London: Benedict Cumberbatch made his long-awaited comeback as Sherlock Holmes.
The hit BBC series still left fans scratching their heads over how the super-sleuth managed to cheat death.
The show's creators teased fans by depicting some of the more far-fetched ways Holmes may have survived, in a nod to the speculation that has swept the Internet since he leapt from a rooftop a year ago in an apparent suicide bid.
The BBC series, starring Cumberbatch as a modern-day version of the 19th century British detective, has been broadcast in more than 200 countries since 2010.
When British Prime Minister David Cameron set up a page on China's Twitter-like website Weibo in November, one of the most popular questions he was asked was, “When is the third series of 'Sherlock' due for release?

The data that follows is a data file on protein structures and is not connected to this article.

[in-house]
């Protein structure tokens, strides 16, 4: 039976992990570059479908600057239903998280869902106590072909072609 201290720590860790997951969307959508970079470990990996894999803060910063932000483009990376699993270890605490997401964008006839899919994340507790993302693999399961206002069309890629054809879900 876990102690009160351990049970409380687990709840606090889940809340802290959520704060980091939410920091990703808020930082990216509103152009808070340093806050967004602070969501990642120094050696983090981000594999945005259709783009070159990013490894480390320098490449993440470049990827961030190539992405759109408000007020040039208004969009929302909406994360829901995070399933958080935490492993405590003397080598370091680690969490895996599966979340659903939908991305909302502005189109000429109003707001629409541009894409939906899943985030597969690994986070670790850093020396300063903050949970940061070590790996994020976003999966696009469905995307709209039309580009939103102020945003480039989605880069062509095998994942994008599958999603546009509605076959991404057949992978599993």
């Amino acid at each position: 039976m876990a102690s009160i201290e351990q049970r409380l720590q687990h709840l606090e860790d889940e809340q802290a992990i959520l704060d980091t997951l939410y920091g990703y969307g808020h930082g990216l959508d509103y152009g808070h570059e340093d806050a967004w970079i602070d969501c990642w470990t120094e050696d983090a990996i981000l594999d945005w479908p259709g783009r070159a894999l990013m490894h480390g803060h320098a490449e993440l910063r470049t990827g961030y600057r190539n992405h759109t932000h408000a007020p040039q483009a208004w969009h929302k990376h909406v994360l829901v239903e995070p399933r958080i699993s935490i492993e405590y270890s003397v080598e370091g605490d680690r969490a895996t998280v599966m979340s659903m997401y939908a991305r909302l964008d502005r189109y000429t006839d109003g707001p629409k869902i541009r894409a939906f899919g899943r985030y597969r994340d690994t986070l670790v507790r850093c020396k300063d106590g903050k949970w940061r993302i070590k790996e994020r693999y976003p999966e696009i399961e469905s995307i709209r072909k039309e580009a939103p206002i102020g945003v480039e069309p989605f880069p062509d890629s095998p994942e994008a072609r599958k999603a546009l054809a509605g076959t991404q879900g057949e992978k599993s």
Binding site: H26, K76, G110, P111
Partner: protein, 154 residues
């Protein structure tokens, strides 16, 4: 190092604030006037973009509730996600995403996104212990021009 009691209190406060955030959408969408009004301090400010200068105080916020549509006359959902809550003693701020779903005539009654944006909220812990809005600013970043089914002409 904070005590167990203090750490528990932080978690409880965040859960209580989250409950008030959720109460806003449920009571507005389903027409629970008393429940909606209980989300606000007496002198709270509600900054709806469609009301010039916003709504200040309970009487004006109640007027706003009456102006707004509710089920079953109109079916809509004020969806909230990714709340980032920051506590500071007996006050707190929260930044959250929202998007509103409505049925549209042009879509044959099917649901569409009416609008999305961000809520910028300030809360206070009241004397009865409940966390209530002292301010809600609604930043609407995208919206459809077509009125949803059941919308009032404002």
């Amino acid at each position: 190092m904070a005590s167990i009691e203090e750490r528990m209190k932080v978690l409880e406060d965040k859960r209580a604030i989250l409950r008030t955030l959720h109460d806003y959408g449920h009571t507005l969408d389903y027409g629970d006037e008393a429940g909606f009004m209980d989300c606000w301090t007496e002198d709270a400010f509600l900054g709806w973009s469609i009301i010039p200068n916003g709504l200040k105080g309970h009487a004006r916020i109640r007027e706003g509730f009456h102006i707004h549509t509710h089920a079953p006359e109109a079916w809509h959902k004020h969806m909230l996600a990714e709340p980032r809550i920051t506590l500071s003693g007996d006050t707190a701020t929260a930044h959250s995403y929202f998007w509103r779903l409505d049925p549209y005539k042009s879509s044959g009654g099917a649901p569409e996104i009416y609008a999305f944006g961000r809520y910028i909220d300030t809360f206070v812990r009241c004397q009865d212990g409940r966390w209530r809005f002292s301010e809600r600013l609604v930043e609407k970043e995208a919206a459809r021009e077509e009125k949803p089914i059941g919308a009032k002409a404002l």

But some viewers complained that the storyline, centering on a terrorist plot to blow up the British parliament, was difficult to follow.
Fans delighted and disappointed alike flooded the Internet with comments and reactions.
The series has helped both Cumberbatch and Martin Freeman, who plays his loyal sidekick Doctor Watson, to Hollywood stardom.
Freeman plays the eponymous “Hobbit” in the new movie trilogy.
Cumberbatch starred last year as the villain in the latest “Star Trek” film and as WikiLeaks founder Julian Assange in “The Fifth Estate”. He also features in the latest installment of “The Hobbit” as the voice of the dragon Smaug.